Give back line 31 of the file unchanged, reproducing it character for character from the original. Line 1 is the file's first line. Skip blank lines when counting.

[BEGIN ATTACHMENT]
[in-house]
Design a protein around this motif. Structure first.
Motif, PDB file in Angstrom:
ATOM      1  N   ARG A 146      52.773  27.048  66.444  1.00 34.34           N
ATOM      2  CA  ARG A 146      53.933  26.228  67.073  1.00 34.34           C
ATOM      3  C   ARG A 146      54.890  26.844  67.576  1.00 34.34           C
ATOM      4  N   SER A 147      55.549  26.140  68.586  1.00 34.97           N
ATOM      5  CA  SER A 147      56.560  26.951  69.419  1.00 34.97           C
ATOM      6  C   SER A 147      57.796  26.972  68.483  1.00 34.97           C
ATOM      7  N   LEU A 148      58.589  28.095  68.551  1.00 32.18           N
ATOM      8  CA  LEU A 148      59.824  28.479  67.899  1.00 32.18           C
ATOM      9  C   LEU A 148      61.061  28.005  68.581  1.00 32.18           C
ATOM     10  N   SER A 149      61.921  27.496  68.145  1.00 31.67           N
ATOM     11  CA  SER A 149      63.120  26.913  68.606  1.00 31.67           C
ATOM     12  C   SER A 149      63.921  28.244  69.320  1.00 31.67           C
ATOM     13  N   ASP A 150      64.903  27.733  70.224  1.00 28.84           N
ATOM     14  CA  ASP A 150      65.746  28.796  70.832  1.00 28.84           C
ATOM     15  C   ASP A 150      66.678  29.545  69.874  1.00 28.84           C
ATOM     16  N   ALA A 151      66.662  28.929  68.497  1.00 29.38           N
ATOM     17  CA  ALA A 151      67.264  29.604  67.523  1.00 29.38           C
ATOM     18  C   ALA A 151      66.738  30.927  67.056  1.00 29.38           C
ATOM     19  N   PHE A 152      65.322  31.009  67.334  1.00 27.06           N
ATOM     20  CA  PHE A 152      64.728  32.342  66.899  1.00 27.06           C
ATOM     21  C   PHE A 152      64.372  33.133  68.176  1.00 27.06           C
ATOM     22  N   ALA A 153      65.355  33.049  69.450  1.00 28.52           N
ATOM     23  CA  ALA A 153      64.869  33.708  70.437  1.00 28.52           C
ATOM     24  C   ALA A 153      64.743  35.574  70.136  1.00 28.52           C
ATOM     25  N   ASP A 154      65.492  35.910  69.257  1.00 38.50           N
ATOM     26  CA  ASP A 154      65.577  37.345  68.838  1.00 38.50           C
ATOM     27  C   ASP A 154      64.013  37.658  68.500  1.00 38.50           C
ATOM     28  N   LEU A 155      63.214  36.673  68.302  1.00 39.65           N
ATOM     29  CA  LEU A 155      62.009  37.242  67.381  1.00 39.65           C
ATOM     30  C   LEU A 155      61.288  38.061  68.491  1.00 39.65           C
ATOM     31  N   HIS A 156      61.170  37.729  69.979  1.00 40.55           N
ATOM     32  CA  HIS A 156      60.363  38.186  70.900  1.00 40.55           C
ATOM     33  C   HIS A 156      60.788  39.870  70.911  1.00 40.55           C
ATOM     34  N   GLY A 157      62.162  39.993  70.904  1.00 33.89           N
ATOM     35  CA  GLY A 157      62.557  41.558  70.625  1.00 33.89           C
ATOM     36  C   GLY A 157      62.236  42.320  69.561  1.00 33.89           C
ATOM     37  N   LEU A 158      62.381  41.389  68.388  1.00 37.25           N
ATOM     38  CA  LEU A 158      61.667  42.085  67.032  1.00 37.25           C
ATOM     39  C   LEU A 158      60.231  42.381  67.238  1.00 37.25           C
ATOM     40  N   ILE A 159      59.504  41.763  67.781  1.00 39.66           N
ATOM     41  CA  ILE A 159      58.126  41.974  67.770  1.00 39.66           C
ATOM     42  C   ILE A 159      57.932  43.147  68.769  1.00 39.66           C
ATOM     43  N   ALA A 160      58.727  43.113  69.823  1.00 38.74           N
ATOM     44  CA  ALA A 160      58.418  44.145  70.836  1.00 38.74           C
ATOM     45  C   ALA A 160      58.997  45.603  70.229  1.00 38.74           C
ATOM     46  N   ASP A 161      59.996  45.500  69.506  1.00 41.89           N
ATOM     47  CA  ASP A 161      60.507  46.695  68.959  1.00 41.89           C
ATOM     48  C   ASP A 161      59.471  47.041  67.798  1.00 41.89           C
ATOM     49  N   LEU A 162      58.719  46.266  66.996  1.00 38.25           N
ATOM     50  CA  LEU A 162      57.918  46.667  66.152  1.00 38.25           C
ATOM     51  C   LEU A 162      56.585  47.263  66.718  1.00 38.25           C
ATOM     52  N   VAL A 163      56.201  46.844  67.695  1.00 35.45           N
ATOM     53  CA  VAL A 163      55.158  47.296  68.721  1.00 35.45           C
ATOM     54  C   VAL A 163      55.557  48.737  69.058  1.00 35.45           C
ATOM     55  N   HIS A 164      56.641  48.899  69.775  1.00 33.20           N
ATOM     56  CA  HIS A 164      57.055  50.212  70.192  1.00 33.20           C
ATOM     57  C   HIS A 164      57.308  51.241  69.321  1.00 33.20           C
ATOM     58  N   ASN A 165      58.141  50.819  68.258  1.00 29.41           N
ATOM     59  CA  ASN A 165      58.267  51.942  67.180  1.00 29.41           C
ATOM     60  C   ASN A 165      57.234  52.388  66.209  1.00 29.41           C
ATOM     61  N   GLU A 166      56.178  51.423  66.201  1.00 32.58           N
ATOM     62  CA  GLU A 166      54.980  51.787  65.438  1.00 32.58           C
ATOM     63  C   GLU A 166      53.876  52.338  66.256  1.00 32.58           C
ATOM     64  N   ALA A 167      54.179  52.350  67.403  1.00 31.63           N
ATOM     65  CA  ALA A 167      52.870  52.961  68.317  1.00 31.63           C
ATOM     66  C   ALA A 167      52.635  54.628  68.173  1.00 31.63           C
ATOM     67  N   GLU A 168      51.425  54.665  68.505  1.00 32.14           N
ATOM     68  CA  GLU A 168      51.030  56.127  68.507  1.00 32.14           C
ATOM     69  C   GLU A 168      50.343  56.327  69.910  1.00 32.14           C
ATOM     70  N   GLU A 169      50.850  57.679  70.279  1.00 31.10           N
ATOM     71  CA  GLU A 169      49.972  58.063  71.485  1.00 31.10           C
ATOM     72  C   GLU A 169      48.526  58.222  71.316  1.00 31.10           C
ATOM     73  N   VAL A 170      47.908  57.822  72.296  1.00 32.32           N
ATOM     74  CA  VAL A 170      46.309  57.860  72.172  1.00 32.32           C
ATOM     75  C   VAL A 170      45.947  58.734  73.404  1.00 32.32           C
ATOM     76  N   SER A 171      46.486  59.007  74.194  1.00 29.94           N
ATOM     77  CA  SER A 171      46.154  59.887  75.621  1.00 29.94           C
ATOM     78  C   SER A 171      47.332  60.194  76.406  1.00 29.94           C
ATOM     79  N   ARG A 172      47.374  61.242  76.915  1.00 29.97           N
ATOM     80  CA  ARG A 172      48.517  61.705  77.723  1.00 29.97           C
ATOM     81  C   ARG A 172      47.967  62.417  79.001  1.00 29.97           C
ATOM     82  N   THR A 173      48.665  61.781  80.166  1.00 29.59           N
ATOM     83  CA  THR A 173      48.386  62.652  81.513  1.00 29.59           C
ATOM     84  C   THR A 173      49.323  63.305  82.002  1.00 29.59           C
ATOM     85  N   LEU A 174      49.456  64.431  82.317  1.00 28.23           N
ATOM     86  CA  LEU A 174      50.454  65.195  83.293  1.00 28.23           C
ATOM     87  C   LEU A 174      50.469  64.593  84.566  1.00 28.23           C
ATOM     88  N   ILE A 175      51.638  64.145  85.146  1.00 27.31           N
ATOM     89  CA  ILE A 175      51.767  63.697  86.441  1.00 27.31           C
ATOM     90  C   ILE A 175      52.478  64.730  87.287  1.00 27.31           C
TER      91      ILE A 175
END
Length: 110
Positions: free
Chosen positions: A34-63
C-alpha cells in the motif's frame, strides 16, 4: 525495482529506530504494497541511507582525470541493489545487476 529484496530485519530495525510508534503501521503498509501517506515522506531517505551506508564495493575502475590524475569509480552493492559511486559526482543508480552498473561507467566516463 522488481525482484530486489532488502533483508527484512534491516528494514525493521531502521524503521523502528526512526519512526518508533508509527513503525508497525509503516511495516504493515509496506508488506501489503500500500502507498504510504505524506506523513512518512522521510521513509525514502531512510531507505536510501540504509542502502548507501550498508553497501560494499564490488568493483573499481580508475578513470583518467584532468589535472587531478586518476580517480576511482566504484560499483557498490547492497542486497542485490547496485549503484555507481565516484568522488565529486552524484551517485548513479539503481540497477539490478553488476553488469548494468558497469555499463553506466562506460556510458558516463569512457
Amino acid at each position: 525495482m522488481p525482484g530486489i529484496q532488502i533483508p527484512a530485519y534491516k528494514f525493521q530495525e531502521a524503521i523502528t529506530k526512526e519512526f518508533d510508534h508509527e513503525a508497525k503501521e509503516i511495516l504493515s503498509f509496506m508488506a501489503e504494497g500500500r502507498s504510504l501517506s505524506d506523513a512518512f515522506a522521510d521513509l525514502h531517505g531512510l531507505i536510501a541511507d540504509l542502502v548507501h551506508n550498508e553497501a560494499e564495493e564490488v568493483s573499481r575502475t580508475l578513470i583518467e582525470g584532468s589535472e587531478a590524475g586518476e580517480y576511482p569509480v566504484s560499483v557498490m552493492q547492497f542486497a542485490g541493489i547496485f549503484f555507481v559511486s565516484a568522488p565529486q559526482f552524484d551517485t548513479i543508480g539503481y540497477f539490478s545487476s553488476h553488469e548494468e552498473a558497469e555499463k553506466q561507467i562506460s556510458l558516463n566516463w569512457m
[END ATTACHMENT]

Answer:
ATOM     28  N   LEU A 155      63.214  36.673  68.302  1.00 39.65           N